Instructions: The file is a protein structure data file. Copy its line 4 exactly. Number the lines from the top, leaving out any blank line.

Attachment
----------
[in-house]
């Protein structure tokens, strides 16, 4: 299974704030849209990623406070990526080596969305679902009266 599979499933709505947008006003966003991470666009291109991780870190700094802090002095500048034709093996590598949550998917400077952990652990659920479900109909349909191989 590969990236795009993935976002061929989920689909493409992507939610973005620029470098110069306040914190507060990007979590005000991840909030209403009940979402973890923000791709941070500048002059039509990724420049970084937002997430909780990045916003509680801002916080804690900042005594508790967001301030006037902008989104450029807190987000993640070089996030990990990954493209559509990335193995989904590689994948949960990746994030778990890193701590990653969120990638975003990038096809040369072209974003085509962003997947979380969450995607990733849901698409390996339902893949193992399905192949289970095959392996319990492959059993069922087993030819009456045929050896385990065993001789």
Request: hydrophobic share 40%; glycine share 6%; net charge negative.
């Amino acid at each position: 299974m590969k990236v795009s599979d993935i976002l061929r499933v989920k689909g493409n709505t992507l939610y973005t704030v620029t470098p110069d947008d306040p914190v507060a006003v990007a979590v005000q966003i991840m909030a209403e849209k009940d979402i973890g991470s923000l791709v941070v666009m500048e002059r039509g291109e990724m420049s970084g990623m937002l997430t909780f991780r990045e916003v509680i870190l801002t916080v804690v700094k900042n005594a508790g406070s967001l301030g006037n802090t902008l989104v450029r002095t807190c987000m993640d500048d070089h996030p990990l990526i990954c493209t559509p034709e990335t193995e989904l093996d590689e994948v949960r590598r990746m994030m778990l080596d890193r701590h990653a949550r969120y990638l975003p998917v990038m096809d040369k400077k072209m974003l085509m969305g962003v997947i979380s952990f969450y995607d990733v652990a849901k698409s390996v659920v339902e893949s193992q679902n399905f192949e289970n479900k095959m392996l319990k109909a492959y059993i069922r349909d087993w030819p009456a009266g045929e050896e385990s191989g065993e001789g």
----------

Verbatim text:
């Amino acid at each position: 299974m590969k990236v795009s599979d993935i976002l061929r499933v989920k689909g493409n709505t992507l939610y973005t704030v620029t470098p110069d947008d306040p914190v507060a006003v990007a979590v005000q966003i991840m909030a209403e849209k009940d979402i973890g991470s923000l791709v941070v666009m500048e002059r039509g291109e990724m420049s970084g990623m937002l997430t909780f991780r990045e916003v509680i870190l801002t916080v804690v700094k900042n005594a508790g406070s967001l301030g006037n802090t902008l989104v450029r002095t807190c987000m993640d500048d070089h996030p990990l990526i990954c493209t559509p034709e990335t193995e989904l093996d590689e994948v949960r590598r990746m994030m778990l080596d890193r701590h990653a949550r969120y990638l975003p998917v990038m096809d040369k400077k072209m974003l085509m969305g962003v997947i979380s952990f969450y995607d990733v652990a849901k698409s390996v659920v339902e893949s193992q679902n399905f192949e289970n479900k095959m392996l319990k109909a492959y059993i069922r349909d087993w030819p009456a009266g045929e050896e385990s191989g065993e001789g």